by Brian Mahany
Two former stockbrokers employed by Edward Jones are under investigation for selling investments in an alleged Ponzi scheme. That’s the big news today from InvestmentNews Daily.
Every large brokerage firm has the occasional bad apple – and with 12,000 brokers Edward Jones is one of the largest brokerage firms in the country. Because Edward Jones maintains so many small one and two person offices throughout the United States, supervising and watching over those offices is difficult. A quick review of records from the Financial Industry Regulatory Authority and state agencies shows Edward Jones with almost 200 pages of regulatory events!
In the current investigation, the two Edward Jones brokers allegedly sold a product not approved by the company. If reports are accurate, they sold clients investments in Gibraltar Partners Inc, an apparent Ponzi scheme. Selling something not approved by the company is called “selling away.” In many cases, the brokerage firm can be left holding the bag when investors want their money returned.
For its part, Edward Jones fired the two men and says it is cooperating with both authorities and customers who lost money. Whether those customers will get back their full investment is unclear.
Gibraltar Partners is part of a larger federal investigation that includes a company called Rahfco Funds. (In the interest of full disclosure, we are involved in the companion Rahfco case and agree that there are significant problems with the investments.)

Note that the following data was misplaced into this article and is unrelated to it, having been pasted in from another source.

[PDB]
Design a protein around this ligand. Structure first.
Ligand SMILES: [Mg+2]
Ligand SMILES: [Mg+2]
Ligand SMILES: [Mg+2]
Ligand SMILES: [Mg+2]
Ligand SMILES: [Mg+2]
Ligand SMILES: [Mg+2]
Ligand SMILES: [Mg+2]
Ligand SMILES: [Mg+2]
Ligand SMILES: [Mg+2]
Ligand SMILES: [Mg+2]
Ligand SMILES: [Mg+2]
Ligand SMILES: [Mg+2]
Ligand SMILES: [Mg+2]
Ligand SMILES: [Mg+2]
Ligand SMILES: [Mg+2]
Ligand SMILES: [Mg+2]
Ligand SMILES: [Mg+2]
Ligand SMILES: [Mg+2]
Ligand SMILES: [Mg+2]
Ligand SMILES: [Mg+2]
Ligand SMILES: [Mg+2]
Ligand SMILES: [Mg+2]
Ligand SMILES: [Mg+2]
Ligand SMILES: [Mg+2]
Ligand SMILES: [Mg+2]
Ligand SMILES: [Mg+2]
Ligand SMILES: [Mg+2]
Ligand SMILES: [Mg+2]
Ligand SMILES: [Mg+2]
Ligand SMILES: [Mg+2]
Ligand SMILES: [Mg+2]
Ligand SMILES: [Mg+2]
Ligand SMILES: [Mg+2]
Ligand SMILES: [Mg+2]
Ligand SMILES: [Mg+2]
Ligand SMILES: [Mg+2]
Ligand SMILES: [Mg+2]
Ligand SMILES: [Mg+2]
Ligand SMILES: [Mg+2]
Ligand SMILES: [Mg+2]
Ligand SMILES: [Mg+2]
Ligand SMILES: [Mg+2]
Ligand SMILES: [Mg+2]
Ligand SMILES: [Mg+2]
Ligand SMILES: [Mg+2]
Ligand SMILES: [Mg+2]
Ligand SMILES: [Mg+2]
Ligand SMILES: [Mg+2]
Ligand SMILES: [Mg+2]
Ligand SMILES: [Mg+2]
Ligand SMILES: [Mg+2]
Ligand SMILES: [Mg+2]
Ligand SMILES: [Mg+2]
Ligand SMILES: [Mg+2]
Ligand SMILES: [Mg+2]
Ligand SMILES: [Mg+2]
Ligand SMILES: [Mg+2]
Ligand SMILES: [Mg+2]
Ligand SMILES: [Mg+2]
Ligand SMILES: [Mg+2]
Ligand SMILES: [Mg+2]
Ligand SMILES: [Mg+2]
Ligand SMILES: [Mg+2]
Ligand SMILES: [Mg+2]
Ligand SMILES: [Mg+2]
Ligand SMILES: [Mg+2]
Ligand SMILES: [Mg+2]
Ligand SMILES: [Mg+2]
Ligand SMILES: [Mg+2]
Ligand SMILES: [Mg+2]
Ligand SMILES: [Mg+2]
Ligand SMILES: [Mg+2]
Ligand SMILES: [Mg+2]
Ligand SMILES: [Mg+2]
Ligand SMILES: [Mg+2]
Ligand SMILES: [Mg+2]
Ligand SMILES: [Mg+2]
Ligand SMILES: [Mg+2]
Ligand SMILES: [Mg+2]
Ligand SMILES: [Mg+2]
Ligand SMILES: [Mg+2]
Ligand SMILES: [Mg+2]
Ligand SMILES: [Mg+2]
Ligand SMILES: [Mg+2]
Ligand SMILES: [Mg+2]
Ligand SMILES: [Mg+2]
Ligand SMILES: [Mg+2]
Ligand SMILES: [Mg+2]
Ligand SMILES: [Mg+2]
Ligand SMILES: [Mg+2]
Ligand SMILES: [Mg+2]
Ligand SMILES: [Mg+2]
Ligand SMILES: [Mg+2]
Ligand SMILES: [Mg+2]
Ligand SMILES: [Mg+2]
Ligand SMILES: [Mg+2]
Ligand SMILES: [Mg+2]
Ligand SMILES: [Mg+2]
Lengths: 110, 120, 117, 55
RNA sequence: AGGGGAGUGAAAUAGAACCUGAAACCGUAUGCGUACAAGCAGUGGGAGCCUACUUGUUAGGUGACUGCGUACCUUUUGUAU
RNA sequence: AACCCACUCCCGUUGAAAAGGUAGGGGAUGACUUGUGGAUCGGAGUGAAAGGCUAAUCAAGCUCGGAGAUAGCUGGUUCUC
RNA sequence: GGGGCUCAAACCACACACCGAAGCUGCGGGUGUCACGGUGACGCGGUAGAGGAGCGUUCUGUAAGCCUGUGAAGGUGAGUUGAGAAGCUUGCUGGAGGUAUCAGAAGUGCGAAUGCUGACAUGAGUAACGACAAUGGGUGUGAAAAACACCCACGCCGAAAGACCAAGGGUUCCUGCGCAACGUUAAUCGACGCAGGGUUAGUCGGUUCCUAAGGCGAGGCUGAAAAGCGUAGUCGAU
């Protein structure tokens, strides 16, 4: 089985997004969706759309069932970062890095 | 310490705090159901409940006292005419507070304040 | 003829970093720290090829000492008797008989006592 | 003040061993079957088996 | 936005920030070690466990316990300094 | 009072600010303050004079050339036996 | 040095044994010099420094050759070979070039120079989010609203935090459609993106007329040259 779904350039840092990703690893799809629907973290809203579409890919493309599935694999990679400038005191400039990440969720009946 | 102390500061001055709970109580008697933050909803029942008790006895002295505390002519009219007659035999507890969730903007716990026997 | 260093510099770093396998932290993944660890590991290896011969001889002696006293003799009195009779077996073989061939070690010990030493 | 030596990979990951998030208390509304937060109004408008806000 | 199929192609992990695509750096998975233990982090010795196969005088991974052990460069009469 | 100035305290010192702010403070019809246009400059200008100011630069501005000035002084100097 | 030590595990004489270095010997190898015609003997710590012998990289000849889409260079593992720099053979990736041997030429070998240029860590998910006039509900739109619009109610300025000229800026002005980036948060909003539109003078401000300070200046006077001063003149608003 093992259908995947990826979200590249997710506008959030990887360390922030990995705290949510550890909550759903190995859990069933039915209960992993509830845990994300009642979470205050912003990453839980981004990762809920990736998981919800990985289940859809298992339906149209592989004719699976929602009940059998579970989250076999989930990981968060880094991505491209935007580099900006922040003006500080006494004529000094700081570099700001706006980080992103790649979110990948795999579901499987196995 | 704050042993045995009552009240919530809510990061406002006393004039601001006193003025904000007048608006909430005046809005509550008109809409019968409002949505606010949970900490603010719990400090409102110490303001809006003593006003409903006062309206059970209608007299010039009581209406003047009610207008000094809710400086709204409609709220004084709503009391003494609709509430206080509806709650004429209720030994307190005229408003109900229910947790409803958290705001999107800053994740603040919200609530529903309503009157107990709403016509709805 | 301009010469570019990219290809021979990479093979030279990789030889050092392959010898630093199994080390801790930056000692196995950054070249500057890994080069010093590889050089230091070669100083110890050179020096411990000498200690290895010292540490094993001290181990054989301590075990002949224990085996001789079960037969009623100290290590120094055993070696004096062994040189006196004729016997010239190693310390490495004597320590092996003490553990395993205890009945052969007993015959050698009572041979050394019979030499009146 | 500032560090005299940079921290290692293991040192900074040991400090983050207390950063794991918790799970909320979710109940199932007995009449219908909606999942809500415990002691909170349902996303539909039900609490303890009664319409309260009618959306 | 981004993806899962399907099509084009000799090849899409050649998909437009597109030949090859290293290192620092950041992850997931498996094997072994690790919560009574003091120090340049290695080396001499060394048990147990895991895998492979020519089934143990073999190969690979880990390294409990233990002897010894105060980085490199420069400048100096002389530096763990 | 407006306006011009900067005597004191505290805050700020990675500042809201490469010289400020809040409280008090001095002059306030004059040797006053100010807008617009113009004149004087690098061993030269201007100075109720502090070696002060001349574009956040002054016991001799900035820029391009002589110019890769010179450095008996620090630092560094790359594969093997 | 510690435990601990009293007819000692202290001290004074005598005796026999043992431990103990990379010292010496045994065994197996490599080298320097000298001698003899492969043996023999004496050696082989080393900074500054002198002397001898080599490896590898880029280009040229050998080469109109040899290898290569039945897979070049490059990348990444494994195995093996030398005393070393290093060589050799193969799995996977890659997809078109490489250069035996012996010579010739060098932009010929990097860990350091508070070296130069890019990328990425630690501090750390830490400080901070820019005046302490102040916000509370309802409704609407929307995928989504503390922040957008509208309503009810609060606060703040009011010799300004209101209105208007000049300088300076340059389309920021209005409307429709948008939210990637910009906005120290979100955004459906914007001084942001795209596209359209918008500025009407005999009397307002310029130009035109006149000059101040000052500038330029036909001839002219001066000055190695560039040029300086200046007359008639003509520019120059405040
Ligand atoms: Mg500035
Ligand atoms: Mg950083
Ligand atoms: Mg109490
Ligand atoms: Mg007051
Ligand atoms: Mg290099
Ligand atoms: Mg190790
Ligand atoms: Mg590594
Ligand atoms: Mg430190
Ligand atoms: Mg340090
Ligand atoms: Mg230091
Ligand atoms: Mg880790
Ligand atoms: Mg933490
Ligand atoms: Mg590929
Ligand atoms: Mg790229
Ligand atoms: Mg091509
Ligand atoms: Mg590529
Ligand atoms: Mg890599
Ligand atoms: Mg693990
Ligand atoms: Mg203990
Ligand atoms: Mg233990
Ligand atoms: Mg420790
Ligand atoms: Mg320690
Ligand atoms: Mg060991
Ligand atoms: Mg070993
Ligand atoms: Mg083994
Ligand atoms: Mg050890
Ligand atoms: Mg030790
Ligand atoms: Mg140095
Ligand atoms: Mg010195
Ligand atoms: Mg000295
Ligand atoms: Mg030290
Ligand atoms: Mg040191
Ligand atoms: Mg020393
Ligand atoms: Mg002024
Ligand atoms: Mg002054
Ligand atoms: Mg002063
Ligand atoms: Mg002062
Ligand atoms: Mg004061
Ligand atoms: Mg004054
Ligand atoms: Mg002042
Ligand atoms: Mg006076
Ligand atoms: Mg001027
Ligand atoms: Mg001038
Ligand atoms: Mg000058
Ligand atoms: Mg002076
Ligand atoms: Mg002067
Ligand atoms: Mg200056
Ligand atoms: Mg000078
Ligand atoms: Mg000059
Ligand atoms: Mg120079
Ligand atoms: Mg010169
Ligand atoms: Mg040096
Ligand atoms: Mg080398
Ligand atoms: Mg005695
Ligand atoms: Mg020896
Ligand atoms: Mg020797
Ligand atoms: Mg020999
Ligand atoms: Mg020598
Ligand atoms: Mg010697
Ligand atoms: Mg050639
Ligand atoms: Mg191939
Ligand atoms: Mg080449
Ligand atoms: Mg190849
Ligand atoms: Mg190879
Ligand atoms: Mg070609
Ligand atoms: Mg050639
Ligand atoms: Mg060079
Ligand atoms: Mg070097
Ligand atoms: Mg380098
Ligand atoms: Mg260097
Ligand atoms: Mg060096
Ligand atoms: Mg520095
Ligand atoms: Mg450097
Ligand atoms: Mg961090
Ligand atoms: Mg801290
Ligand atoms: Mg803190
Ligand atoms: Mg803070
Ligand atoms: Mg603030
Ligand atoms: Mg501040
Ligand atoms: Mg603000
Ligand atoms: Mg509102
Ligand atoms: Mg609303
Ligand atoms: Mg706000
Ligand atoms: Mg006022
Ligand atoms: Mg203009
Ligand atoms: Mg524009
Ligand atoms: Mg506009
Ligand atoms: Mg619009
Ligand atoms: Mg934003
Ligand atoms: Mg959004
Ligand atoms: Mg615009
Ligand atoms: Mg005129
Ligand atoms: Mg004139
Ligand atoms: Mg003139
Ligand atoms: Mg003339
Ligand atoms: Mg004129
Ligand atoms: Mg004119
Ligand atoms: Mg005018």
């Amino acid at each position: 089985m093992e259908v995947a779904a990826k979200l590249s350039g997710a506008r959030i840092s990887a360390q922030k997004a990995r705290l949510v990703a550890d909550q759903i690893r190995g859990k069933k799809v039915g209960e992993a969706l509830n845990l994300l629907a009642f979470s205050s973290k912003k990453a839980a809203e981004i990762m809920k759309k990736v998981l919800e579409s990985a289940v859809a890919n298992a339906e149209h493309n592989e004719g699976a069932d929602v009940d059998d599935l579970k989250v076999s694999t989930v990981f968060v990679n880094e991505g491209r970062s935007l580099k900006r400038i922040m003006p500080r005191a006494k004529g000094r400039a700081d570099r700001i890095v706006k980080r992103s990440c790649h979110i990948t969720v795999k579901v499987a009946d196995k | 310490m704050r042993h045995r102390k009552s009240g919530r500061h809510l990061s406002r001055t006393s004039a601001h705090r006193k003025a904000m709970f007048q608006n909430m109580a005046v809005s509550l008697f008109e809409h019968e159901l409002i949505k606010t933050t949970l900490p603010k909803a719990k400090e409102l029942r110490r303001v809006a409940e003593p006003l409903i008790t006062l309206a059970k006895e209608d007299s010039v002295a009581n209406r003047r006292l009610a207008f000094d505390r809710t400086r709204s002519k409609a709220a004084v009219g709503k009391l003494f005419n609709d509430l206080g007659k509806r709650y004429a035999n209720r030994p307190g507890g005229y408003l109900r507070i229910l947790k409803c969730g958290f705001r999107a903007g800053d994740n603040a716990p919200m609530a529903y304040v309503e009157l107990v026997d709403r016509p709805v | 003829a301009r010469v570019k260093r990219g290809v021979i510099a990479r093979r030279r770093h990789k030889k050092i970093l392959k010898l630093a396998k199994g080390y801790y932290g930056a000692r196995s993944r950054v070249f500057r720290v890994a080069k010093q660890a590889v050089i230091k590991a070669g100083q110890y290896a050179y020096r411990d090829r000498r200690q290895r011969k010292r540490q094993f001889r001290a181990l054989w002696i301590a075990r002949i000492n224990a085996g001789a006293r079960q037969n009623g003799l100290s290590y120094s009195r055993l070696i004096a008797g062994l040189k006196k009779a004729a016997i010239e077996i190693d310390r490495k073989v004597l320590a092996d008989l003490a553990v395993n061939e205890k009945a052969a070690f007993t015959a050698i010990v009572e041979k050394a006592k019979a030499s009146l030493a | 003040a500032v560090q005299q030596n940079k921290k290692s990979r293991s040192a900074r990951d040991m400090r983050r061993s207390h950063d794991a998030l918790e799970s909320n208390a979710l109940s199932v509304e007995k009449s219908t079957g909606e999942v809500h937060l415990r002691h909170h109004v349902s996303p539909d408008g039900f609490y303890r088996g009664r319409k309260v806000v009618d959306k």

Ponzi schemes and other investment frauds seem to occur on a daily basis. Even though Edward Jones knew noting of the activities of the two men, under federal and state law they can be held responsible for the actions of their agents and employees. That’s one of the reasons why doing business with a reputable brokerage firm is always a good idea. As long as the brokers were acting in the apparent scope of their authority, there is a good chance that any Edward Jones customers can get recover their losses from the company. According to the feds, Gibraltar may have caused $100 million in losses – something that the two men probably can’t cover.
What does “apparent authority” mean? If I purchase a stock from a stockbroker, there is probably apparent authority present even if the brokerage firm did not approve the stock or knew nothing of the sale. Purchasing a boat from a stockbroker, however, and it would be difficult in chasing the brokerage firm if the boat turned out to be a lemon. We expect brokers to sell stocks, not boats.
If you have lost money to a stockbroker or registered investment advisor and think that you were ripped off or given bad advice, contact us. In many cases we get back all or most of your investment and any other related losses. These cases can usually be handled on a contingent fee basis meaning you us nothing for legal fees unless we win.
Mahany & Ertl, LLC – America’s Fraud Lawyers. Offices in Milwaukee, Detroit & Portland. Services available in most states.